In 1830, in District Number 30 of Peoria County and in Elmwood Township, away back in the timber that existed then, a little log hut was erected for the purpose educating the schoolchildren of four families.  The number of families increased with each year and so also did the number of children.  The cabin was built of unhewed logs and put together without the aid of nails or wire.  At one end was a large fireplace, at the other a window, small but better than most buildings had at that time because it contained glass, most of them were filled with a strip of greased paper.  Along the wall the builders place a split log bench and in front of this bench attached to the wall, another split log was suspended in such a way as to provide a desk, which the pupils could write upon.  Those logs were smoothed with a band axe so one could hardly expect them to have the smoothest of glass.  This school was operated on the subscription pay and teacher drew a salary of about $10.00 per month and boarded around among the families having children.

In April 1856, notice was given the voters of district 9, which takes in a part of Elmwood Township and a part of Trivoli Township, and was later changed to District 30, that an election of a school board would be held and the matter of organizing the district taken up.  The meeting was held in the old school building.  Three directors were elected and a decision was reached to erect a new school on the farm of J. B. Dixon, who was willing to give the district a title to the land as soon as the plot could be fenced in.  Later in the same month, the directors met and let the contract for erecting a new school building.  The cost was $635.00 and the desks were extra.  The building was built of stone and was large enough to accommodate 60 pupils.  Double seats and desks were installed, with long benches taking care of the overflow.  The room had a large cannon stove in the center and platform in the front, where the master sat.  There were several windows and a door through which light could enter.  This building did service until 1905, when after careful examination by the school board and an inspection by other people of the community, the building was considered not good enough to let stand and a new building was planned.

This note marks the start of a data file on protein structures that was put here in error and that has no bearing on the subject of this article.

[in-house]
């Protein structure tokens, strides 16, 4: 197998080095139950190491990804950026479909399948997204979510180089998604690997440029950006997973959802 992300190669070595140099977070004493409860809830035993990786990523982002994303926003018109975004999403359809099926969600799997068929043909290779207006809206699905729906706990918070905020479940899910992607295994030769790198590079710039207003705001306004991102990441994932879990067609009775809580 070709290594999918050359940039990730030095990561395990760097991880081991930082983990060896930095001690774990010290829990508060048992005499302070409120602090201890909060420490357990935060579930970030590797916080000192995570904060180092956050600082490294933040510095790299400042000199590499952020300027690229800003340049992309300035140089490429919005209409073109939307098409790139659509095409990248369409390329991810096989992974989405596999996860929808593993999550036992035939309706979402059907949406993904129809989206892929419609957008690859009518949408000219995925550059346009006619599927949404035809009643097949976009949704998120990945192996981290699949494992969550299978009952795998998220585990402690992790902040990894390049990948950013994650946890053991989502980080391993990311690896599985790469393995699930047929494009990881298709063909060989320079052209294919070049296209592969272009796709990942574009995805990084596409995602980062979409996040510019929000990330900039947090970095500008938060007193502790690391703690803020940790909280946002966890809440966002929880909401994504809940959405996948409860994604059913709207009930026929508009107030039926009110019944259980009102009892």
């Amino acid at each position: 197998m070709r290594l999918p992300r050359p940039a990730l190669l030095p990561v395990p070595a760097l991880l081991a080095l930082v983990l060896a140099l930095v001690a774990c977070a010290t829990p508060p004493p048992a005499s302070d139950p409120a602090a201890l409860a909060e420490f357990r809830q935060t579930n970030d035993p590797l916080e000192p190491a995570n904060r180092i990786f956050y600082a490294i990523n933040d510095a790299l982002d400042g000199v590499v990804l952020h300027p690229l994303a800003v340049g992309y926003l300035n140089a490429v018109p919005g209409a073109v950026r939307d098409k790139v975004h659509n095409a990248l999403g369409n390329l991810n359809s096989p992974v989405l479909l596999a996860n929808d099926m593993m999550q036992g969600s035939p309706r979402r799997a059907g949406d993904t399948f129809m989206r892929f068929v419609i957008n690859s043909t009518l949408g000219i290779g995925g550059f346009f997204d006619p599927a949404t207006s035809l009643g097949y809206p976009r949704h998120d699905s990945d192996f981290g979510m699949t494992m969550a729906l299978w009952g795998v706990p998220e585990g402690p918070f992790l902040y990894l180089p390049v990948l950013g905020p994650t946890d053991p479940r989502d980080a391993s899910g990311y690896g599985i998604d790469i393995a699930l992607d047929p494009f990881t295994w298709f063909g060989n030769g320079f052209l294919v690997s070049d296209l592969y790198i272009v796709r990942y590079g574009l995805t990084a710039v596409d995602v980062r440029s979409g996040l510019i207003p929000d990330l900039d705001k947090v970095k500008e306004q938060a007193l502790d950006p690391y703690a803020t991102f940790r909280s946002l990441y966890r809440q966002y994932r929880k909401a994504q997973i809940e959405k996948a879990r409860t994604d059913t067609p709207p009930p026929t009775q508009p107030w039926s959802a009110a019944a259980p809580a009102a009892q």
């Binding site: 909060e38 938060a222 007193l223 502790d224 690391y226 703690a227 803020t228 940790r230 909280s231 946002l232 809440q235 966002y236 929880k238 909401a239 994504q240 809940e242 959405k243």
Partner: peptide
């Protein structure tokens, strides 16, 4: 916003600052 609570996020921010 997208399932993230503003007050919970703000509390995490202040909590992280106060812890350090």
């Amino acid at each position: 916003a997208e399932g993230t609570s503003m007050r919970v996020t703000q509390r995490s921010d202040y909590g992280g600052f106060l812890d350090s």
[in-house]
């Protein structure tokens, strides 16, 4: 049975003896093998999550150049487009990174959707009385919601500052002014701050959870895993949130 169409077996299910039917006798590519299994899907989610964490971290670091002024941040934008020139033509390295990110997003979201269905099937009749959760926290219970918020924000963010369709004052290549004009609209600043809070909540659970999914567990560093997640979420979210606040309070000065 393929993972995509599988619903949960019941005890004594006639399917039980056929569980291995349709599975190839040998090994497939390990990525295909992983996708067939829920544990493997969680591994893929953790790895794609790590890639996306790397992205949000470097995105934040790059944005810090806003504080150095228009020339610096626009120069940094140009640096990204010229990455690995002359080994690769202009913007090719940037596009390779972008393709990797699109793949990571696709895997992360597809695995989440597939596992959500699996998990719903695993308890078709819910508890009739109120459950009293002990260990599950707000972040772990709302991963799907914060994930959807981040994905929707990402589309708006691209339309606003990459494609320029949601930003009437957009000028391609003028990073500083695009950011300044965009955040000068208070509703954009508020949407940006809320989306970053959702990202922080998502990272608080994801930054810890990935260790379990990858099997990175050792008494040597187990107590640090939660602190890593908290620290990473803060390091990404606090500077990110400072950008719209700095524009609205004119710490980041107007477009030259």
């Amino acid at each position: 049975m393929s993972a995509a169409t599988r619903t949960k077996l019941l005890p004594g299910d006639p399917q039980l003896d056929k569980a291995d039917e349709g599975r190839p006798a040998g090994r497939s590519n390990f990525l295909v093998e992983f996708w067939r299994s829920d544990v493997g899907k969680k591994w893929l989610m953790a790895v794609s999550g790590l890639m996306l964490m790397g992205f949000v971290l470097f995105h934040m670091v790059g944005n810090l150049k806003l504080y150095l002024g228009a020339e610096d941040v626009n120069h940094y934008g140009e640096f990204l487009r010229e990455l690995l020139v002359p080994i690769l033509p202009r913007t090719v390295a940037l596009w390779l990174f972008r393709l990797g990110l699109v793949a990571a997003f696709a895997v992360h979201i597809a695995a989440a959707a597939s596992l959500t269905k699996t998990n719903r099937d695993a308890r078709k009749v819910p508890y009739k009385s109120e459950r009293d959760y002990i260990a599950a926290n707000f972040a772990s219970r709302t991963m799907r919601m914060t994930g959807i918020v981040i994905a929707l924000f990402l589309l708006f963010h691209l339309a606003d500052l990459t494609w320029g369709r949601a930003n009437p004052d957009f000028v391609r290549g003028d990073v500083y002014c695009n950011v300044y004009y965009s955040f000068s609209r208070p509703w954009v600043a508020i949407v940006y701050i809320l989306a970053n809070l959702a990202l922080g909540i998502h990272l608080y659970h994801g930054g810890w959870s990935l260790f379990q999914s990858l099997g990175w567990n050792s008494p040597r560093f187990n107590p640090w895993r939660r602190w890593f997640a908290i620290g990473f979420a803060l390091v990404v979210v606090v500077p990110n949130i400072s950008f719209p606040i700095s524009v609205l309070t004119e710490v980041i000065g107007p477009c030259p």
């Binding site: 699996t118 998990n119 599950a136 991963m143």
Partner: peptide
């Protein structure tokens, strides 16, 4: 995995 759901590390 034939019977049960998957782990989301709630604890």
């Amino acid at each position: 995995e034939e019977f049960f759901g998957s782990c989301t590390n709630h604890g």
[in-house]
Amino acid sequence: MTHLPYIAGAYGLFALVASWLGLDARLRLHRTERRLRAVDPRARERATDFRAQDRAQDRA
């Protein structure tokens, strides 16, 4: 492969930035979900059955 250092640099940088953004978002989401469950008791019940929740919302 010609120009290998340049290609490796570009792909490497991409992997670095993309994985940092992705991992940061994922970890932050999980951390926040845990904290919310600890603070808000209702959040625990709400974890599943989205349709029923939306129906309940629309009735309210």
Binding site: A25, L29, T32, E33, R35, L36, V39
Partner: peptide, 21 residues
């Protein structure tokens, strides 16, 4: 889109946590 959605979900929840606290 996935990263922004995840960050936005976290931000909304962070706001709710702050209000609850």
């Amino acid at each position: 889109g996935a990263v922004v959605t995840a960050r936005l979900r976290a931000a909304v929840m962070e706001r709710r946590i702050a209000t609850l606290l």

In the summer o 1905, a new frame building, modern in every respect for that time, was erected.  The seats and desks were single, the windows were large, and new maps and reference books were purchased.  The one thing, which still had an old appearance, was the stove in the center of the room, a thing that caused the teacher no little bit of trouble because the students would get behind it and play all manner pranks.

One afternoon in 1913, day which the writer of this history will never forget, a fire broke out around the chimney of the stove.  It was recess time and the teacher and most of the pupils were out in the yard playing some game.  The season had been quite dry and as there was no well at the school, and no fire extinguishers available, the school burned to the ground in a little less than an hour.  The pupils and a few of the men, who got there early, carried the books and wraps out to safety but the furniture were practically all lost.

The rest of the winter, school was held in a little frame building on the farm of E. J. Schmidt across the road from the school site.  The building was used by him during the summer for a summer kitchen and was a very rough structure but in two or three days the men of the neighborhood fixed this building up, painted the inside and set the seats and desk.  About one week of school was lost because of the fire.